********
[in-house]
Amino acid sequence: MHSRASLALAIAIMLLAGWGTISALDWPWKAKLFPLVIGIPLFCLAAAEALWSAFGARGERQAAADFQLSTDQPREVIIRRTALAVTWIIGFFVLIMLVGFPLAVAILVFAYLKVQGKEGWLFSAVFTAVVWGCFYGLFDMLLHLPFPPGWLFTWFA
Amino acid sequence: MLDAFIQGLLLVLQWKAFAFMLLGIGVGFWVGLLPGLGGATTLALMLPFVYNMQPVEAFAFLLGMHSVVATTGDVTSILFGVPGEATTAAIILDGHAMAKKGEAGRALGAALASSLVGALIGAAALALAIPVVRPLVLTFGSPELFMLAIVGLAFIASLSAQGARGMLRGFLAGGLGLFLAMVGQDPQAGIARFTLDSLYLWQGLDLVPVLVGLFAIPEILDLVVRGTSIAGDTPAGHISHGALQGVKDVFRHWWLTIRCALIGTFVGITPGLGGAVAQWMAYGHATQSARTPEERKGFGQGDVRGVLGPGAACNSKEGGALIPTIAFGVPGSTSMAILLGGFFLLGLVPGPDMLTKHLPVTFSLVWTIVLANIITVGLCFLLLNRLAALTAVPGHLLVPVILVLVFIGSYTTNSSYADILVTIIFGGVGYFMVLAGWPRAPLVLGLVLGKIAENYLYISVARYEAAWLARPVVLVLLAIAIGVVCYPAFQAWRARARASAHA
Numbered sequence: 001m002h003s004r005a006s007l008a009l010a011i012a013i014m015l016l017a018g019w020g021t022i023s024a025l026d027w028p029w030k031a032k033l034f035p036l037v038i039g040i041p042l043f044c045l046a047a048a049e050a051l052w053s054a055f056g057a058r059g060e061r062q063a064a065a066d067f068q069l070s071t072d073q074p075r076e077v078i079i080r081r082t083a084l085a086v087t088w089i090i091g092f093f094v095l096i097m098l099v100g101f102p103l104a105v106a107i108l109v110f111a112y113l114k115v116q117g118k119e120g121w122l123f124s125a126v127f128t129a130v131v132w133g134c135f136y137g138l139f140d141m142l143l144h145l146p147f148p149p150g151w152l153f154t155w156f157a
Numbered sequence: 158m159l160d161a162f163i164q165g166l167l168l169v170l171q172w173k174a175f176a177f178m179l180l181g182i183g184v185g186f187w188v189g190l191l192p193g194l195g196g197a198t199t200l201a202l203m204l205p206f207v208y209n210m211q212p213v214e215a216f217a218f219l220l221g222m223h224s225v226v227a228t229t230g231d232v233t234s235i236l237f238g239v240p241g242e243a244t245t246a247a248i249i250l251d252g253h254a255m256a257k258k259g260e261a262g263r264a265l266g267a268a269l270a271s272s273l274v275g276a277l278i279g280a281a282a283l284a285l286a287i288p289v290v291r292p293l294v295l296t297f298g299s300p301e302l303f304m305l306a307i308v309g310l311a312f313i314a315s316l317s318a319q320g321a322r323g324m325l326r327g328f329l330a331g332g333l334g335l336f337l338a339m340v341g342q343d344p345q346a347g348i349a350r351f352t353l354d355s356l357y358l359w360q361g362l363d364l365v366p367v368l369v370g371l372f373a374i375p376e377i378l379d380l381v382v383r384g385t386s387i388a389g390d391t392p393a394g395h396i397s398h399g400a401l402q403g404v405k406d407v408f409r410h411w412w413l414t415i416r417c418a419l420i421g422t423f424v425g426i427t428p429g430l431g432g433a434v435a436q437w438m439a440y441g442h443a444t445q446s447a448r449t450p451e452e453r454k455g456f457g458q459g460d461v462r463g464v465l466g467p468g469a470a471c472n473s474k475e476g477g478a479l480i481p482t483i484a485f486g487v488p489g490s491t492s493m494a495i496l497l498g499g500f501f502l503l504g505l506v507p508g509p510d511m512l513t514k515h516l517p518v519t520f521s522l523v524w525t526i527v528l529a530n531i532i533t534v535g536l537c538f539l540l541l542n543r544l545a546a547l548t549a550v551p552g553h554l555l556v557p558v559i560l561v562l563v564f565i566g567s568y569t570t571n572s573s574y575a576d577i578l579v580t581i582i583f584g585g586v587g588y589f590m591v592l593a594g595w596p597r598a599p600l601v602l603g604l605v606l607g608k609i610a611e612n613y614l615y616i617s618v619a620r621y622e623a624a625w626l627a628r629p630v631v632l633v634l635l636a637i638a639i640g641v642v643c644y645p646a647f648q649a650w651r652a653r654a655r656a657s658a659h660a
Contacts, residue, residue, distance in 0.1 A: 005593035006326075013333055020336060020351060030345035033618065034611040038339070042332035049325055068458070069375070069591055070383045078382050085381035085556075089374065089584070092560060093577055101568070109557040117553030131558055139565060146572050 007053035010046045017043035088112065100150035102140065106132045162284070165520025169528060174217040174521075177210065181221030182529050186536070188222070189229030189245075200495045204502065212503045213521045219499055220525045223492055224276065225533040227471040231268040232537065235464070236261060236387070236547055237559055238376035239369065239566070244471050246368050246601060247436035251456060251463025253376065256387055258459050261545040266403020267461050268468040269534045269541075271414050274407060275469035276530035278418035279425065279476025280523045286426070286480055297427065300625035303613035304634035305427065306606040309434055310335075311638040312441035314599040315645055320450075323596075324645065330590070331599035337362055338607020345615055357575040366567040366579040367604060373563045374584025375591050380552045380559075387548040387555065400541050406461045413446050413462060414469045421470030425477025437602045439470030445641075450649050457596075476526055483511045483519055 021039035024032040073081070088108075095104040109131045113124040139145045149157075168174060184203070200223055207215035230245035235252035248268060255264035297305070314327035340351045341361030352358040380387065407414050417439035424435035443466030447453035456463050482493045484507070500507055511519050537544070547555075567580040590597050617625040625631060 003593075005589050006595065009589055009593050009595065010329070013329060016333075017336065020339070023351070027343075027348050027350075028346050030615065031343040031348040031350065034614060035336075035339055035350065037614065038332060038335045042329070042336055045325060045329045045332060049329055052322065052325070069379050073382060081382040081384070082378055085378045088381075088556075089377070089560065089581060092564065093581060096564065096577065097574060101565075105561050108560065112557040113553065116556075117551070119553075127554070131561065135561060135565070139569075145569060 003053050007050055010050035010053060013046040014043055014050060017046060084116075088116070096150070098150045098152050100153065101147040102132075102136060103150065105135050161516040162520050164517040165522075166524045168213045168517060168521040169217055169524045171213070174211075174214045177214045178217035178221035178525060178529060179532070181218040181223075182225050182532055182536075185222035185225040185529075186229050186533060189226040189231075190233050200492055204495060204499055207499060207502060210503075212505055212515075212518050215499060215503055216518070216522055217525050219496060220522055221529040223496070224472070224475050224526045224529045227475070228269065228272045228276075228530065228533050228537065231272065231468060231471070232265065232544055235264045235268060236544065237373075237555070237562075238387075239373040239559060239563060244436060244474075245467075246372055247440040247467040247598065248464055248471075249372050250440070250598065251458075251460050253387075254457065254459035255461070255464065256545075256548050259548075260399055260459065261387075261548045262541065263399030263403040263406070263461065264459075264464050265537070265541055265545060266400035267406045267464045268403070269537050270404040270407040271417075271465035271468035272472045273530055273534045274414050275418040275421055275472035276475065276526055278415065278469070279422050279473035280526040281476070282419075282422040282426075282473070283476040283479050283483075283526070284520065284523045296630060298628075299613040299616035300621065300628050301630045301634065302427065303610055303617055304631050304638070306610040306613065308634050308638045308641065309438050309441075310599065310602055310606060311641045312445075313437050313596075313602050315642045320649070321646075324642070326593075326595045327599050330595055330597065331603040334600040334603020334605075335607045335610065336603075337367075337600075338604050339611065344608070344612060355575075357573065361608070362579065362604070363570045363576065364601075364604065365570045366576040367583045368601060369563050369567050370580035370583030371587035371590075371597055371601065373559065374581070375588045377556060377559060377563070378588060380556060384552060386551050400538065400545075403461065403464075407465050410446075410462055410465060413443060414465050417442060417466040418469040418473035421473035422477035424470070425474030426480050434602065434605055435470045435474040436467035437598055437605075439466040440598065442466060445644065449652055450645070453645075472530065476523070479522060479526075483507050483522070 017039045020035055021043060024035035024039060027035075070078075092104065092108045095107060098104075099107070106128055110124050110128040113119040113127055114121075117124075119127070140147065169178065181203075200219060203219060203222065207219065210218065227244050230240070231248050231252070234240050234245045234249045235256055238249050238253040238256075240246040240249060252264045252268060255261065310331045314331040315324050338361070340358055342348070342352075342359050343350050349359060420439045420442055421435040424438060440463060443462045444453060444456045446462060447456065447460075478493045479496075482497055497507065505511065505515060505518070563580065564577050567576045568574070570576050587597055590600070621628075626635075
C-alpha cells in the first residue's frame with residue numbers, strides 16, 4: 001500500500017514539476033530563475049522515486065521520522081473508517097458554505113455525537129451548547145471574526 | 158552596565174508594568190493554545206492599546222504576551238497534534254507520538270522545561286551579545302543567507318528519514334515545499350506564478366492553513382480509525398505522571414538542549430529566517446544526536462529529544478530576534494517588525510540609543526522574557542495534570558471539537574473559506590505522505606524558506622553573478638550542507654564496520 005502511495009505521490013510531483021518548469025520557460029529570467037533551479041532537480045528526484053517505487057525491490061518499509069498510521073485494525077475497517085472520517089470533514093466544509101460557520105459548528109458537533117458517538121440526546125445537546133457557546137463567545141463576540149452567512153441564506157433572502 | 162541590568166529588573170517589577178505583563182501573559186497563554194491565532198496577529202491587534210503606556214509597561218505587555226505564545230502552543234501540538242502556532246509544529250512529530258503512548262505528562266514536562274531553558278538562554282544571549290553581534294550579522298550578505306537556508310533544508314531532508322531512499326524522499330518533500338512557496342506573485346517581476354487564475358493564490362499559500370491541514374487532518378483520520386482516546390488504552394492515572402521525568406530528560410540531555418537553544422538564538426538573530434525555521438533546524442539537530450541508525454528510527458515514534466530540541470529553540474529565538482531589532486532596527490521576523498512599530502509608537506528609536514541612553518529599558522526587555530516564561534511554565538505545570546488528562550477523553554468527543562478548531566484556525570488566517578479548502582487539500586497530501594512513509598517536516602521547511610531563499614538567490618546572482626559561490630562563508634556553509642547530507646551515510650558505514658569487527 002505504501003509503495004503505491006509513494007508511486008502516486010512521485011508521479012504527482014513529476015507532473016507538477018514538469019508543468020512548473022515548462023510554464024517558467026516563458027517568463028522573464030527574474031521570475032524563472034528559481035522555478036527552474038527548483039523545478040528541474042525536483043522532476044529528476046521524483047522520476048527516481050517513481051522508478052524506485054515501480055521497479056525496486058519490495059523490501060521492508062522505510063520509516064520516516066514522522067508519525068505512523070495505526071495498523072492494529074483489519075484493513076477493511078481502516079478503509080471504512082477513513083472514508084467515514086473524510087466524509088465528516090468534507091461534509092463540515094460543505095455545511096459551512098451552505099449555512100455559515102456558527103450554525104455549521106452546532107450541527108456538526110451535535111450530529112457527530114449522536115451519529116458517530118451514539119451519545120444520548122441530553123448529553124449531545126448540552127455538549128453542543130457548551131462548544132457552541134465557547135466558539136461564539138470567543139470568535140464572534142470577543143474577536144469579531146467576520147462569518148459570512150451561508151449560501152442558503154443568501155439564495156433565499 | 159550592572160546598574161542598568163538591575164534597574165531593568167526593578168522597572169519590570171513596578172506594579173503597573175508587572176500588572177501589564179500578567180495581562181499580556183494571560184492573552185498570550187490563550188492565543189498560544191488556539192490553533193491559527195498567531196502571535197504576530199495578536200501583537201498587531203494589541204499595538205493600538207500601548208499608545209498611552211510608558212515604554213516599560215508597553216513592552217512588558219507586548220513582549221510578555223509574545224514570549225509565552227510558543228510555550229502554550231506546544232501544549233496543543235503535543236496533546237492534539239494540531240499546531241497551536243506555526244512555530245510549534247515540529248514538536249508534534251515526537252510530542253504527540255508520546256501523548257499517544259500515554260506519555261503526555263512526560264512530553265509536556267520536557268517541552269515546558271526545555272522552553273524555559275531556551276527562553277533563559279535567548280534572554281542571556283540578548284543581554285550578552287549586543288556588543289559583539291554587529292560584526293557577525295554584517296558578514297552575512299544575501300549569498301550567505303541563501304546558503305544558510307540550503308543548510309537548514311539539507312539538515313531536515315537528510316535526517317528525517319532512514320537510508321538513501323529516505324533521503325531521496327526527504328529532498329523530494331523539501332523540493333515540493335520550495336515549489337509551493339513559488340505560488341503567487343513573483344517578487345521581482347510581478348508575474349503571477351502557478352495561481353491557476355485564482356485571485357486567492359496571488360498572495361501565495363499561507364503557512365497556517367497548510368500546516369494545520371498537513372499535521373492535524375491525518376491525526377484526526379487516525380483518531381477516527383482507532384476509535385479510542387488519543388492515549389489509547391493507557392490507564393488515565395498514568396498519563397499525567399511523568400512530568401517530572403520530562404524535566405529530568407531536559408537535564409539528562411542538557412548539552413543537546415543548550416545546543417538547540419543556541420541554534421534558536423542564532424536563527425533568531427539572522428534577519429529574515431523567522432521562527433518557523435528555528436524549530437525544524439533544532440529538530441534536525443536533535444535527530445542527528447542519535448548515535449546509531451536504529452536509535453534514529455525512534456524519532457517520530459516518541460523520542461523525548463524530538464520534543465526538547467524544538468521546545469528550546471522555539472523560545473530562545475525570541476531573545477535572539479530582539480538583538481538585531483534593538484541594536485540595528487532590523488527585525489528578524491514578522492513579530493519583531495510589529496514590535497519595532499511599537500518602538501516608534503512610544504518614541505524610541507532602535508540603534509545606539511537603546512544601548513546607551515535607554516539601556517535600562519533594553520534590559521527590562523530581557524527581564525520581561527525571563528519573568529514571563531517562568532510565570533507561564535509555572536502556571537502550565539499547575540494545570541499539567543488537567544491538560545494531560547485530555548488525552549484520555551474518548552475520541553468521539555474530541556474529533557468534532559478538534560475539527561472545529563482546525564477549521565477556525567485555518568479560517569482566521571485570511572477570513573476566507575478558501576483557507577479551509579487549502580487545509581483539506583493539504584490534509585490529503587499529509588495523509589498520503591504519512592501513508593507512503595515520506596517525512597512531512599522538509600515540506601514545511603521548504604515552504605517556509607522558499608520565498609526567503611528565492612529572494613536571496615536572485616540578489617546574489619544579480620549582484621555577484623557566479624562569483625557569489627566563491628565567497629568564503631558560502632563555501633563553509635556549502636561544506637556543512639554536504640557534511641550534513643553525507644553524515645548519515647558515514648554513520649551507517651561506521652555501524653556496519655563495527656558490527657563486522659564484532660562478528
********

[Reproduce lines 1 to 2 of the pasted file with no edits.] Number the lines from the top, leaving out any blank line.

[in-house]
Amino acid sequence: MHSRASLALAIAIMLLAGWGTISALDWPWKAKLFPLVIGIPLFCLAAAEALWSAFGARGERQAAADFQLSTDQPREVIIRRTALAVTWIIGFFVLIMLVGFPLAVAILVFAYLKVQGKEGWLFSAVFTAVVWGCFYGLFDMLLHLPFPPGWLFTWFA